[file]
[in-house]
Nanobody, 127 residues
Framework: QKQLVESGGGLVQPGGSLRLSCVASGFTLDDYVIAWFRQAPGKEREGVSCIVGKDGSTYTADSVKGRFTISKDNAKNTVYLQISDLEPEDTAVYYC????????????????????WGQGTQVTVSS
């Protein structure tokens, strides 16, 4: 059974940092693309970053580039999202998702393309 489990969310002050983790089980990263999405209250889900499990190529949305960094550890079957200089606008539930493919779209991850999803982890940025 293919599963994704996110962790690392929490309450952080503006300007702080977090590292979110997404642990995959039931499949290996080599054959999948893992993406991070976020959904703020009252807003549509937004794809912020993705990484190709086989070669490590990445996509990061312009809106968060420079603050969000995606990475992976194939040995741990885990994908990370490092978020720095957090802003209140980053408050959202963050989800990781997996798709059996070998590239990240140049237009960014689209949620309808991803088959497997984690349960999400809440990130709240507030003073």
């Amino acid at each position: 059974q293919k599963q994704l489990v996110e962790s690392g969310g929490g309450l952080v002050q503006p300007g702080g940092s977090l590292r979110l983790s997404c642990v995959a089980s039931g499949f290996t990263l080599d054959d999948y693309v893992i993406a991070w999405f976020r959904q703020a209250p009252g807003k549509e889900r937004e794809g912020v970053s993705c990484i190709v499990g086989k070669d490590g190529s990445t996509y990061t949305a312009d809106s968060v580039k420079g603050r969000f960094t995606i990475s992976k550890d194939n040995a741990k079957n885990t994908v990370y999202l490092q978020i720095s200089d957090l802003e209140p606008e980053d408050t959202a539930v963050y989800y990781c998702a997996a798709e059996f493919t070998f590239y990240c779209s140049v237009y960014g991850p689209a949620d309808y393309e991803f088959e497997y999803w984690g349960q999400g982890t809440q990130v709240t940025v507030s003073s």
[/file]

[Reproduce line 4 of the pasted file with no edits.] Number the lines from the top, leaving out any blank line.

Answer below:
């Protein structure tokens, strides 16, 4: 059974940092693309970053580039999202998702393309 489990969310002050983790089980990263999405209250889900499990190529949305960094550890079957200089606008539930493919779209991850999803982890940025 293919599963994704996110962790690392929490309450952080503006300007702080977090590292979110997404642990995959039931499949290996080599054959999948893992993406991070976020959904703020009252807003549509937004794809912020993705990484190709086989070669490590990445996509990061312009809106968060420079603050969000995606990475992976194939040995741990885990994908990370490092978020720095957090802003209140980053408050959202963050989800990781997996798709059996070998590239990240140049237009960014689209949620309808991803088959497997984690349960999400809440990130709240507030003073």